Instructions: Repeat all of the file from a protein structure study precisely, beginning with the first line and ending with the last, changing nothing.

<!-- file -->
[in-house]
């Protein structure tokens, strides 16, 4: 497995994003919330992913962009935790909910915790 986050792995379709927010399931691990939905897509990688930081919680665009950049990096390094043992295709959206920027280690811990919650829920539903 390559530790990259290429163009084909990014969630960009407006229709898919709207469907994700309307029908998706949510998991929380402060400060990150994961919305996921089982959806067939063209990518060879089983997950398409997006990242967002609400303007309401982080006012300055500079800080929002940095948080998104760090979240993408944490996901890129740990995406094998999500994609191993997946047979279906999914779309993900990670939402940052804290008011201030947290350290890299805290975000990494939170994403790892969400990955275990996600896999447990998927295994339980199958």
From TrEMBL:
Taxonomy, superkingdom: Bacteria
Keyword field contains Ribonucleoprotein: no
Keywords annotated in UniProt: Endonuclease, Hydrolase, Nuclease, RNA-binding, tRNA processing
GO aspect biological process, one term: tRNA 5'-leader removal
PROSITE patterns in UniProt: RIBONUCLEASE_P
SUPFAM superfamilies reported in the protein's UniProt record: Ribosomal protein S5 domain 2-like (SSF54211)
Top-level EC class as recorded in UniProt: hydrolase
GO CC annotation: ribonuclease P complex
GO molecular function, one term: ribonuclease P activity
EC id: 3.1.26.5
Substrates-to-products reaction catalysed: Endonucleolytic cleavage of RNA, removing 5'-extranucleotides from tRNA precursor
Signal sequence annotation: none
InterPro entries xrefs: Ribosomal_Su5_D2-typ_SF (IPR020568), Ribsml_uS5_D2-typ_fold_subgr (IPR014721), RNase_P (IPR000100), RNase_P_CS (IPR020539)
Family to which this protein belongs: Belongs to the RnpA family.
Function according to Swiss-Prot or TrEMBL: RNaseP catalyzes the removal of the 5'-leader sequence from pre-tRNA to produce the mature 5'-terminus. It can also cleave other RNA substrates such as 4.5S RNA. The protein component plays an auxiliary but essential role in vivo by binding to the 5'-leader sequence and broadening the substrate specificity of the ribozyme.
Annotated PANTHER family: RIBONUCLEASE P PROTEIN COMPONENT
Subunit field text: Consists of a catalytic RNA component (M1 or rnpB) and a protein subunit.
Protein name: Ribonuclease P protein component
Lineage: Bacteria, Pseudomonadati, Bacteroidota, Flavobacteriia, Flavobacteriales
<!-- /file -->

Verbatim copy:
[in-house]
């Protein structure tokens, strides 16, 4: 497995994003919330992913962009935790909910915790 986050792995379709927010399931691990939905897509990688930081919680665009950049990096390094043992295709959206920027280690811990919650829920539903 390559530790990259290429163009084909990014969630960009407006229709898919709207469907994700309307029908998706949510998991929380402060400060990150994961919305996921089982959806067939063209990518060879089983997950398409997006990242967002609400303007309401982080006012300055500079800080929002940095948080998104760090979240993408944490996901890129740990995406094998999500994609191993997946047979279906999914779309993900990670939402940052804290008011201030947290350290890299805290975000990494939170994403790892969400990955275990996600896999447990998927295994339980199958």
From TrEMBL:
Taxonomy, superkingdom: Bacteria
Keyword field contains Ribonucleoprotein: no
Keywords annotated in UniProt: Endonuclease, Hydrolase, Nuclease, RNA-binding, tRNA processing
GO aspect biological process, one term: tRNA 5'-leader removal
PROSITE patterns in UniProt: RIBONUCLEASE_P
SUPFAM superfamilies reported in the protein's UniProt record: Ribosomal protein S5 domain 2-like (SSF54211)
Top-level EC class as recorded in UniProt: hydrolase
GO CC annotation: ribonuclease P complex
GO molecular function, one term: ribonuclease P activity
EC id: 3.1.26.5
Substrates-to-products reaction catalysed: Endonucleolytic cleavage of RNA, removing 5'-extranucleotides from tRNA precursor
Signal sequence annotation: none
InterPro entries xrefs: Ribosomal_Su5_D2-typ_SF (IPR020568), Ribsml_uS5_D2-typ_fold_subgr (IPR014721), RNase_P (IPR000100), RNase_P_CS (IPR020539)
Family to which this protein belongs: Belongs to the RnpA family.
Function according to Swiss-Prot or TrEMBL: RNaseP catalyzes the removal of the 5'-leader sequence from pre-tRNA to produce the mature 5'-terminus. It can also cleave other RNA substrates such as 4.5S RNA. The protein component plays an auxiliary but essential role in vivo by binding to the 5'-leader sequence and broadening the substrate specificity of the ribozyme.
Annotated PANTHER family: RIBONUCLEASE P PROTEIN COMPONENT
Subunit field text: Consists of a catalytic RNA component (M1 or rnpB) and a protein subunit.
Protein name: Ribonuclease P protein component
Lineage: Bacteria, Pseudomonadati, Bacteroidota, Flavobacteriia, Flavobacteriales